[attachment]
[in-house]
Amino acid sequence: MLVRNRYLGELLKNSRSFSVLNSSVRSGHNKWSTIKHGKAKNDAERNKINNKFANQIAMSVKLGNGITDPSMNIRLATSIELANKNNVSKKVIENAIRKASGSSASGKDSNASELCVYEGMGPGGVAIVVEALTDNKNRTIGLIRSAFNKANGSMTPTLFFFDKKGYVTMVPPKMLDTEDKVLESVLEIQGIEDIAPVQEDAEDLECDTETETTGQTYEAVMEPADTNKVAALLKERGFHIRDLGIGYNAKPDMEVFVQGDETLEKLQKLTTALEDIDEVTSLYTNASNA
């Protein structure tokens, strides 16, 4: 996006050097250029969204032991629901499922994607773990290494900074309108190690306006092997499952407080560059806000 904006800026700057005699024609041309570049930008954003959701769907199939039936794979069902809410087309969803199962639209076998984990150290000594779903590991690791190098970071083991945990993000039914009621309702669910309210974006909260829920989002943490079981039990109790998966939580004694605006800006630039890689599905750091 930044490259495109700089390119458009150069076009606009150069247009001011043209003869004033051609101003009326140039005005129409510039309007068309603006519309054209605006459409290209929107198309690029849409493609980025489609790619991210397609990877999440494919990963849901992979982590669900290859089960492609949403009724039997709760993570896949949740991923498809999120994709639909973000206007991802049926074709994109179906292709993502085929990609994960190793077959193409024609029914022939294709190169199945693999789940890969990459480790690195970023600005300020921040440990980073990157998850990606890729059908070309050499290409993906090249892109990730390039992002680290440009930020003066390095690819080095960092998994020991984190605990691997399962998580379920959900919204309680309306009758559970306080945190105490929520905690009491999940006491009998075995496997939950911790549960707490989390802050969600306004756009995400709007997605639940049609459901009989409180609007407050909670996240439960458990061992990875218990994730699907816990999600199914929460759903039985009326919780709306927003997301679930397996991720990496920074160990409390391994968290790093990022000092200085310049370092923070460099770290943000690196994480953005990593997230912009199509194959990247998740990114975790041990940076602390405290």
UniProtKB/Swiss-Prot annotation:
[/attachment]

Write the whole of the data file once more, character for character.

[in-house]
Amino acid sequence: MLVRNRYLGELLKNSRSFSVLNSSVRSGHNKWSTIKHGKAKNDAERNKINNKFANQIAMSVKLGNGITDPSMNIRLATSIELANKNNVSKKVIENAIRKASGSSASGKDSNASELCVYEGMGPGGVAIVVEALTDNKNRTIGLIRSAFNKANGSMTPTLFFFDKKGYVTMVPPKMLDTEDKVLESVLEIQGIEDIAPVQEDAEDLECDTETETTGQTYEAVMEPADTNKVAALLKERGFHIRDLGIGYNAKPDMEVFVQGDETLEKLQKLTTALEDIDEVTSLYTNASNA
């Protein structure tokens, strides 16, 4: 996006050097250029969204032991629901499922994607773990290494900074309108190690306006092997499952407080560059806000 904006800026700057005699024609041309570049930008954003959701769907199939039936794979069902809410087309969803199962639209076998984990150290000594779903590991690791190098970071083991945990993000039914009621309702669910309210974006909260829920989002943490079981039990109790998966939580004694605006800006630039890689599905750091 930044490259495109700089390119458009150069076009606009150069247009001011043209003869004033051609101003009326140039005005129409510039309007068309603006519309054209605006459409290209929107198309690029849409493609980025489609790619991210397609990877999440494919990963849901992979982590669900290859089960492609949403009724039997709760993570896949949740991923498809999120994709639909973000206007991802049926074709994109179906292709993502085929990609994960190793077959193409024609029914022939294709190169199945693999789940890969990459480790690195970023600005300020921040440990980073990157998850990606890729059908070309050499290409993906090249892109990730390039992002680290440009930020003066390095690819080095960092998994020991984190605990691997399962998580379920959900919204309680309306009758559970306080945190105490929520905690009491999940006491009998075995496997939950911790549960707490989390802050969600306004756009995400709007997605639940049609459901009989409180609007407050909670996240439960458990061992990875218990994730699907816990999600199914929460759903039985009326919780709306927003997301679930397996991720990496920074160990409390391994968290790093990022000092200085310049370092923070460099770290943000690196994480953005990593997230912009199509194959990247998740990114975790041990940076602390405290």
UniProtKB/Swiss-Prot annotation: